Art Borchardt, 91, of Yakima a respected osteopathic physician and surgeon, passed away on Sunday, Oct. 25, 2009, at his home with his wife Muriel at his side.

Arthur Ernest Walter Borchardt was born Aug. 21, 1918 in Ramona, S.D. to Albert Borchardt and Olga (Hannemann) Borchardt.

He was raised on a dairy farm with six siblings. He knew from an early age that he wanted to be a doctor, and left home to attend Des Moines Still College of Osteopathy and Surgery.

It was in Des Moines, Iowa while working one of his three jobs, that he met the love of his life, Muriel DeBusk. They were married on Feb. 2, 1940 in Des Moines.

He began his medical practice in Lidgerwood, N.D., during WWII. Art often made house calls by a horse-drawn sleigh in the harsh winters, delivering babies in farm homes.

In 1946 he and Muriel moved to Seattle, where he practiced at Waldo Hospital. They moved to Sunnyside in 1948 with their three-week-old daughter, Judy. Daughter Kay joined the family in 1950. Art practiced in Sunnyside until his retirement from active practice in 1984. He remained active in the profession until the age of 80. As the first osteopathic physician in the Lower Yakima Valley, Art was responsible for bringing other doctor's of Osteopathic to the Valley, splitting his practice several times as he mentored the new physicians.

He was instrumental in founding and building Sunnyside General Hospital, Sunnyside Medical Center and founded Lower Valley Hospice.

Art also is a past president of the Washington Osteopathic Medical Association.

He and Muriel were active Presbyterians, holding many church offices in Sunnyside over the years, and attending First Presbyterian Church in Yakima after retirement.

Always active in community affairs, he was a Rotarian and Paul Harris Fellow, and also served a term as Rotary District Governor. He and Muriel sponsored and mentored Rotary Exchange students from Chile, Paraguay and Denmark, who lived with the family and attended high school in Sunnyside.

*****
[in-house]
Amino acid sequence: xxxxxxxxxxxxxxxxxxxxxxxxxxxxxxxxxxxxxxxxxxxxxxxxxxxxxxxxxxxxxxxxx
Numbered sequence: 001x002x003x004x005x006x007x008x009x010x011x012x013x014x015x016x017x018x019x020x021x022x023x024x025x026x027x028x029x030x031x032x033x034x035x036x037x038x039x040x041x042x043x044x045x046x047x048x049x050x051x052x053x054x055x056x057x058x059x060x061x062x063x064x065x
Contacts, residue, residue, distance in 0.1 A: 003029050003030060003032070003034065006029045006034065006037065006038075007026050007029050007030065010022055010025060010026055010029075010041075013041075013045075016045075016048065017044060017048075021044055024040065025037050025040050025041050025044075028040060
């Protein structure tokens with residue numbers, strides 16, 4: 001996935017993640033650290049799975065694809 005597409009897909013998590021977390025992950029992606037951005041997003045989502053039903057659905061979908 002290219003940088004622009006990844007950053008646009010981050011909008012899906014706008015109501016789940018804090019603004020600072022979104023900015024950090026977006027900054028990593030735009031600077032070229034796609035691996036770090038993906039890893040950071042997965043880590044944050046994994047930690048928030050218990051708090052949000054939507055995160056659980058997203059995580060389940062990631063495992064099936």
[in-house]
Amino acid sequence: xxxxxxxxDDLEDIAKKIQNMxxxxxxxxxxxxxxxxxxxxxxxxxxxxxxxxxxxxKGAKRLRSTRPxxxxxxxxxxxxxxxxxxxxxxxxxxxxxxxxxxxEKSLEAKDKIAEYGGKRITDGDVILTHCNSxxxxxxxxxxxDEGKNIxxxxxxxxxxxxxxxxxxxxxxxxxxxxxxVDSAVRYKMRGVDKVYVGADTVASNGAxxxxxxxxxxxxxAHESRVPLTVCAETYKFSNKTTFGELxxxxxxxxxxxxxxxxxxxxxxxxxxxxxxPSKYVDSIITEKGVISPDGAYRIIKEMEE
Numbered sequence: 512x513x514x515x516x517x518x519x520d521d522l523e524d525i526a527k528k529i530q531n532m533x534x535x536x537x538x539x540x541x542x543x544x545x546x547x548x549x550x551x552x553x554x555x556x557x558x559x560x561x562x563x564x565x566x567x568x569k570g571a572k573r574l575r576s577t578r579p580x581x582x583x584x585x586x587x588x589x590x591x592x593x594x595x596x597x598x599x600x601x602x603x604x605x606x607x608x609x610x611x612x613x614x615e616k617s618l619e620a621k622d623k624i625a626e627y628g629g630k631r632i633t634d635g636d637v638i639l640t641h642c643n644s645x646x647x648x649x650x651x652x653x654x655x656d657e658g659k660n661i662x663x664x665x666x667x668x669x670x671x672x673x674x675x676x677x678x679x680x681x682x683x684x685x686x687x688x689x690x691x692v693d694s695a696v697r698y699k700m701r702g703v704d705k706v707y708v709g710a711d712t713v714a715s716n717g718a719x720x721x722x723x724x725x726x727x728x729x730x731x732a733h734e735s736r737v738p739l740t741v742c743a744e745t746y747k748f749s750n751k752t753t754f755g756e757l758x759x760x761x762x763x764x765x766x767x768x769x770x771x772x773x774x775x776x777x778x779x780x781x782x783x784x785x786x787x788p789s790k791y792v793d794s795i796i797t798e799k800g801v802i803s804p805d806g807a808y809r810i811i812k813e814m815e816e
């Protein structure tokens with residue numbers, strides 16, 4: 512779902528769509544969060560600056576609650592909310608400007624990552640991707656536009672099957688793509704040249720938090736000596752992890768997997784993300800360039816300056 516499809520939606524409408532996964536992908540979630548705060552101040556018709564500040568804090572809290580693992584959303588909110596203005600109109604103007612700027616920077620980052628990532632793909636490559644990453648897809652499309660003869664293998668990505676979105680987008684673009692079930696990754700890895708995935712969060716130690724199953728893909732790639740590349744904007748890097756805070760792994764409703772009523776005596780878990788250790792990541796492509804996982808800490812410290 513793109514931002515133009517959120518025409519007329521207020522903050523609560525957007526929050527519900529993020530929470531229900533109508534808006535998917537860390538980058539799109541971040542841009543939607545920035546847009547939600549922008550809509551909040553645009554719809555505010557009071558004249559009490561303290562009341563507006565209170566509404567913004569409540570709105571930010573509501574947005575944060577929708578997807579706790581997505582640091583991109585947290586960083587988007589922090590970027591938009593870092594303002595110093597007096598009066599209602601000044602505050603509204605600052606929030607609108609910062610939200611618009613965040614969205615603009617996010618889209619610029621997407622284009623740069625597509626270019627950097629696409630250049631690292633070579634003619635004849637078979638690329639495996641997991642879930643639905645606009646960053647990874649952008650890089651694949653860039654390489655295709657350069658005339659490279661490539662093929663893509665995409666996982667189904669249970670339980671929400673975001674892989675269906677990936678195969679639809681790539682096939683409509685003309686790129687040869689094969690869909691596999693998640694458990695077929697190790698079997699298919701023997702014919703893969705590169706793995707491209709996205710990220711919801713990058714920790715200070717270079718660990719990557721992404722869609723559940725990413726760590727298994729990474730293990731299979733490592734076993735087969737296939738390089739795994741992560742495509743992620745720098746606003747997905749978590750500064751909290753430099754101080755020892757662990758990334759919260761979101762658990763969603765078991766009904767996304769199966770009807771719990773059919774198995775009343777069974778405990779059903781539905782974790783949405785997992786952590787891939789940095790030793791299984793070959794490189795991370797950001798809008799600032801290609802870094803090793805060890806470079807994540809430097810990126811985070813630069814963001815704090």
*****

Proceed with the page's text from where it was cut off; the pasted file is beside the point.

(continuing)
Staunch Republicans, Art and Muriel were area campaign chairmen for Governor Dan Evans, who has remained a life-long friend. They also participated in a People to People tour to Russia with good friend and past Washington Secretary of State, Ralph Munro.

They enjoyed many international friendships and travels in their years together.

His avocations included being a great "horse show dad," hauling his two daughters to countless Arabian horse shows in the western states and Canada for a number of years.

He was an avid hiker, enjoying backpacking trips into the Goat Rocks area of the North Cascades, with his buddies, including Dr. Art Clevenger and Pat Bleakney.

Until last year, he still enjoyed daily walks on the Greenway, at a pace that put much younger men to shame.

His life was one of service and dedication to his patients, his community and his country. He is beloved by several generations of the families he served over the decades. As part of the circle of life, his hospice nurse Debbie Graves was one of the babies he delivered more than 50 years ago.

Art is survived by his wife of 69 years, Muriel; daughters, Judy Sinner of Selah and Kay Doggett (Ken) of Bend, Ore.; a grandson, Adam Yagiz (Ruth) of Alameda, Calif.; one brother, Clayton (Elsie) of Brookings, S.D.; and numerous nieces and nephews.

Special thanks to Dr. Christopher Clark, his office staff, to the caregivers, the staff at Ponderosa Assisted Living and to Lower Valley Hospice for their wonderful care in the last few months and to Dr. Art Clevenger for his dedication and friendship for many years and especially in the final days of Art's life.

A Celebration of Life will be held at a later date.

Remembrances can be made online at

Arrangements are under the care of the good friends of Smith Funeral Home in Sunnyside. Smith's are long-time neighbors on the same block, where the Borchardt family lived for many years.


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